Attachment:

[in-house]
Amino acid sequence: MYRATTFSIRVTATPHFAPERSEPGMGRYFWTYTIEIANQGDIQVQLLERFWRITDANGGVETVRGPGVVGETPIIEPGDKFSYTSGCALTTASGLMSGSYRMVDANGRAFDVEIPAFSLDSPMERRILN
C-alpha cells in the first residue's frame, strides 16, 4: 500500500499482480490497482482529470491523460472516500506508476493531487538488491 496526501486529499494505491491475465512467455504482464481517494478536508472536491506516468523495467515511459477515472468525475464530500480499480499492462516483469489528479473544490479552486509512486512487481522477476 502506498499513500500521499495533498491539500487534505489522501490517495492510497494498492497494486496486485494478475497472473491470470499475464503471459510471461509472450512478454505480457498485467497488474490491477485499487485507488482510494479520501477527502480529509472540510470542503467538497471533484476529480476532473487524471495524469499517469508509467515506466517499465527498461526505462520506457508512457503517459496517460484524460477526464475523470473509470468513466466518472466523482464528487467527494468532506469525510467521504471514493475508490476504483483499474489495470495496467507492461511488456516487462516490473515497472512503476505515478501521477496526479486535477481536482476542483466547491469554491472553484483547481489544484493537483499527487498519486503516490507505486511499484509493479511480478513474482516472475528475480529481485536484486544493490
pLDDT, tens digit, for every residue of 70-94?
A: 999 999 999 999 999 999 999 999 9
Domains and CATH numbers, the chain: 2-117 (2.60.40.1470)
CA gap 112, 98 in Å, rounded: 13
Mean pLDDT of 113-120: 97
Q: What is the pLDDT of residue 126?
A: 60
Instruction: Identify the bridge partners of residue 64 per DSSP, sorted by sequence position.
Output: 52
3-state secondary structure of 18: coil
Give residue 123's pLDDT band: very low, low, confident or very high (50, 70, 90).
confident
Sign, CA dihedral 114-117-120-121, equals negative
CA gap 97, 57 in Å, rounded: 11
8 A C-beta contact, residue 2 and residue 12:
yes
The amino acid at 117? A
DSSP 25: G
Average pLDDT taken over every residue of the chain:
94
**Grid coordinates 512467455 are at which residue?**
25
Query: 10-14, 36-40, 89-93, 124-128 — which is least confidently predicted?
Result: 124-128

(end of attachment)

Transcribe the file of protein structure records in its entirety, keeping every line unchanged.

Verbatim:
[in-house]
Amino acid sequence: MYRATTFSIRVTATPHFAPERSEPGMGRYFWTYTIEIANQGDIQVQLLERFWRITDANGGVETVRGPGVVGETPIIEPGDKFSYTSGCALTTASGLMSGSYRMVDANGRAFDVEIPAFSLDSPMERRILN
C-alpha cells in the first residue's frame, strides 16, 4: 500500500499482480490497482482529470491523460472516500506508476493531487538488491 496526501486529499494505491491475465512467455504482464481517494478536508472536491506516468523495467515511459477515472468525475464530500480499480499492462516483469489528479473544490479552486509512486512487481522477476 502506498499513500500521499495533498491539500487534505489522501490517495492510497494498492497494486496486485494478475497472473491470470499475464503471459510471461509472450512478454505480457498485467497488474490491477485499487485507488482510494479520501477527502480529509472540510470542503467538497471533484476529480476532473487524471495524469499517469508509467515506466517499465527498461526505462520506457508512457503517459496517460484524460477526464475523470473509470468513466466518472466523482464528487467527494468532506469525510467521504471514493475508490476504483483499474489495470495496467507492461511488456516487462516490473515497472512503476505515478501521477496526479486535477481536482476542483466547491469554491472553484483547481489544484493537483499527487498519486503516490507505486511499484509493479511480478513474482516472475528475480529481485536484486544493490
pLDDT, tens digit, for every residue of 70-94?
A: 999 999 999 999 999 999 999 999 9
Domains and CATH numbers, the chain: 2-117 (2.60.40.1470)
CA gap 112, 98 in Å, rounded: 13
Mean pLDDT of 113-120: 97
Q: What is the pLDDT of residue 126?
A: 60
Instruction: Identify the bridge partners of residue 64 per DSSP, sorted by sequence position.
Output: 52
3-state secondary structure of 18: coil
Give residue 123's pLDDT band: very low, low, confident or very high (50, 70, 90).
confident
Sign, CA dihedral 114-117-120-121, equals negative
CA gap 97, 57 in Å, rounded: 11
8 A C-beta contact, residue 2 and residue 12:
yes
The amino acid at 117? A
DSSP 25: G
Average pLDDT taken over every residue of the chain:
94
**Grid coordinates 512467455 are at which residue?**
25
Query: 10-14, 36-40, 89-93, 124-128 — which is least confidently predicted?
Result: 124-128